• Latex such as in gloves, clothes, toys, balloons, or some tapes (some people allergic to latex may also  have problems with foods like bananas, avocados, kiwi, papaya, or chestnuts)

  • Lotions, perfumes, cosmetics, soaps, shampoos, skincare products, nail products

  • Chemicals or dyes in clothing, linen, cleaners, hair dyes, soaps, iodine

If you are exposed to the same substance again, you may have the same or more severe reaction. Treatment for anaphylaxis is epinephrine (adrenalin). This is available by prescription as a self-injectable pen. If the cause of your reaction is known, you should avoid exposure in the future. If the cause is not known, follow up with your doctor for special testing to determine what you are allergic to.


Home care

If was safe for you to go home, watch for any worsening of symptoms. You may need to be treated again.


Injectable epinephrine

One of the key tools in treating anaphylaxis is early use of epinephrine. If you had a severe allergic or anaphylactic reaction, the doctor may prescribe a self- injectable epinephrine kit. If this was prescribed, carry it at all times. It can be life saving. Epinephrine can help stop the progression of an allergic reaction. Its effects are brief, so after you use the medicine,  it is still very  important to call 911 and get to an emergency room.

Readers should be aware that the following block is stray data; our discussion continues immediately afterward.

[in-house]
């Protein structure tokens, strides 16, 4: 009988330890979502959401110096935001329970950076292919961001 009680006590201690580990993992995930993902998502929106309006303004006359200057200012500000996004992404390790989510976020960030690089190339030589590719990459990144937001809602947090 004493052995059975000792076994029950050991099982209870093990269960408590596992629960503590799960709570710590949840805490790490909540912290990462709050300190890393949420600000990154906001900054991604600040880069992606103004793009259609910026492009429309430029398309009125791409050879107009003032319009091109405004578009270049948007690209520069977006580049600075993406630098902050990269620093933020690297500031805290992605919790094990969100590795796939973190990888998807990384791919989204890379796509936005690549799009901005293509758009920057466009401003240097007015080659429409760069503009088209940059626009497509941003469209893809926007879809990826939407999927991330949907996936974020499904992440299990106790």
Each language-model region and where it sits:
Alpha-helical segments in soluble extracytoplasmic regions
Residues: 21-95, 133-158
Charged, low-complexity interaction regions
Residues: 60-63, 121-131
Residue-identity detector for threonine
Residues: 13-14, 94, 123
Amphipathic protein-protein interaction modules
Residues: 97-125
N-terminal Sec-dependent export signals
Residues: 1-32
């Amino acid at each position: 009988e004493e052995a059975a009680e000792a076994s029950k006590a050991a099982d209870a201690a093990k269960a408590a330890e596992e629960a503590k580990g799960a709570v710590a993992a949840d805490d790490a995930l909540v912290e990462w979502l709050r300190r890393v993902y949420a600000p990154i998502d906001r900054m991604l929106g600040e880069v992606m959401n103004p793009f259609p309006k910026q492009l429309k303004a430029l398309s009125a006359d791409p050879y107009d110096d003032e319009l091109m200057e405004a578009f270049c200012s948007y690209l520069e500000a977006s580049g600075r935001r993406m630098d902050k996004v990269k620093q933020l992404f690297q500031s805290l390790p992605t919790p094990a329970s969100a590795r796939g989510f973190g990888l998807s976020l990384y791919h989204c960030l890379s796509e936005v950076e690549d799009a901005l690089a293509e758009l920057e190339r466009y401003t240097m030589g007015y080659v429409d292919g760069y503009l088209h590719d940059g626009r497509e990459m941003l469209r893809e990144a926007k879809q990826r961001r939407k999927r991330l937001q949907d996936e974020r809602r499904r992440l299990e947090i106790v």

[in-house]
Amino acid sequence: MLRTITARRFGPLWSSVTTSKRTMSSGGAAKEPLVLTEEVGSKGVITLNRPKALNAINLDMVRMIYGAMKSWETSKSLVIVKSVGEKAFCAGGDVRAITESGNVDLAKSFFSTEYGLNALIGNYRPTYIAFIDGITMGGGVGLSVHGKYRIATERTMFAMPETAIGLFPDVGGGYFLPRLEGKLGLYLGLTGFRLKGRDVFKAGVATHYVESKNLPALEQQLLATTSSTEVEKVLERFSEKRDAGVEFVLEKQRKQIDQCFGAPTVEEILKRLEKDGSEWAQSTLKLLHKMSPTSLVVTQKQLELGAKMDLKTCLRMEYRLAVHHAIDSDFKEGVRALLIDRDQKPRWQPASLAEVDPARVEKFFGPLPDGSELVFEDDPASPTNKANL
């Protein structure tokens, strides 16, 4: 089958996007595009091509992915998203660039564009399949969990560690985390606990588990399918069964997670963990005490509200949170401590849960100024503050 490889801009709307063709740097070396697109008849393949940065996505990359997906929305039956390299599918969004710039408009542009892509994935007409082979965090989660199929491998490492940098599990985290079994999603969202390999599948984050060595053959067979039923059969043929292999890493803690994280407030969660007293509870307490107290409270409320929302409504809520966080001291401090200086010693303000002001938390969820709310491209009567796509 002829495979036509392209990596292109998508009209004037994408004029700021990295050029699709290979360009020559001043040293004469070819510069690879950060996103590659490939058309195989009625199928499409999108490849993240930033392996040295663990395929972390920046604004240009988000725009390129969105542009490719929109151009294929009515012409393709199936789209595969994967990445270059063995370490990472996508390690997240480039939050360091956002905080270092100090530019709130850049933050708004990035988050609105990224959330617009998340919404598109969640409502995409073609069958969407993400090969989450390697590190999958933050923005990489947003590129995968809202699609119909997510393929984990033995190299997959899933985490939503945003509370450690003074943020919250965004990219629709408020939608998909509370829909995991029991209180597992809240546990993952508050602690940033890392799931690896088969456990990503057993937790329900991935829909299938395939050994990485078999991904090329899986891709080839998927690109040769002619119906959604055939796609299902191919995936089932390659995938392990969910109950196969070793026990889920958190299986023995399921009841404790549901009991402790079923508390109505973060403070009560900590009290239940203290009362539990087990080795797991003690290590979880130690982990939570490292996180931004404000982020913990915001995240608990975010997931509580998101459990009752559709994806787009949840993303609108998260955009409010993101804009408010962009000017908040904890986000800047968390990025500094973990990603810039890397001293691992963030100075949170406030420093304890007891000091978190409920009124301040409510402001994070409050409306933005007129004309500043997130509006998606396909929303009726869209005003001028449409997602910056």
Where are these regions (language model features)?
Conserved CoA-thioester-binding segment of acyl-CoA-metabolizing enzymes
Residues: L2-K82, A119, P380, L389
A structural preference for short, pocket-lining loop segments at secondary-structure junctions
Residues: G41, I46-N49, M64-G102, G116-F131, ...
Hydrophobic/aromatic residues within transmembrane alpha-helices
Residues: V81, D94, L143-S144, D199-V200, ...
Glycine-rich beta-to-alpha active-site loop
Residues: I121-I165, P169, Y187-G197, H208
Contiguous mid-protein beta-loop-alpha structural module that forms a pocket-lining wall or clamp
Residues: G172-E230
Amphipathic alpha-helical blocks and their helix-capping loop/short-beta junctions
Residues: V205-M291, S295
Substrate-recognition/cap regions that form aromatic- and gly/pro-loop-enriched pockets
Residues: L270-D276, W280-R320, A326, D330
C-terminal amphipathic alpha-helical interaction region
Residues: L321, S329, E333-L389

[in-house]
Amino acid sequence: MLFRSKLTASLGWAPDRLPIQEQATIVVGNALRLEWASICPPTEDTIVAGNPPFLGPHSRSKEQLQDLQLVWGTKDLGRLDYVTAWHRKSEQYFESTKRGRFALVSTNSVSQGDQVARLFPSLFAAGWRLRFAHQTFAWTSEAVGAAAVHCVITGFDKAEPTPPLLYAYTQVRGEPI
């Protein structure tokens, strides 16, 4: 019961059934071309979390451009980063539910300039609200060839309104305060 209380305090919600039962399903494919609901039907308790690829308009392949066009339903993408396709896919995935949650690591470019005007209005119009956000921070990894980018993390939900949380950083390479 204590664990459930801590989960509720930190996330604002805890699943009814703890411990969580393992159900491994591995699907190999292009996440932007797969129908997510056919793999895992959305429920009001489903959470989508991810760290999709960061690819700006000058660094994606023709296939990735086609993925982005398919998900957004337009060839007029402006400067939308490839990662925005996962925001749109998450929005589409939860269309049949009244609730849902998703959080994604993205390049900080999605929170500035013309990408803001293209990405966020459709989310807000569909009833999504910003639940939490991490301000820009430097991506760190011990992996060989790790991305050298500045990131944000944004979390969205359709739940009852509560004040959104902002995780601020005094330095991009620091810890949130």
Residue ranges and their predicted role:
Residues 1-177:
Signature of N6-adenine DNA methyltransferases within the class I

When to use injectable epinephrine. Use the epinephrine if you have a history of severe reactions or any of the following symptoms:

  • Swelling in your mouth or throat 

  • Trouble speaking or swallowing

  • Trouble breathing

  • Feeling faint, low blood pressure, or becoming drowsy or poorly responsive

  • Worsening rash

How to use injectable epinephrine:

  • Hold the syringe firmly in your hand with the orange (or black) needle end away from your thumb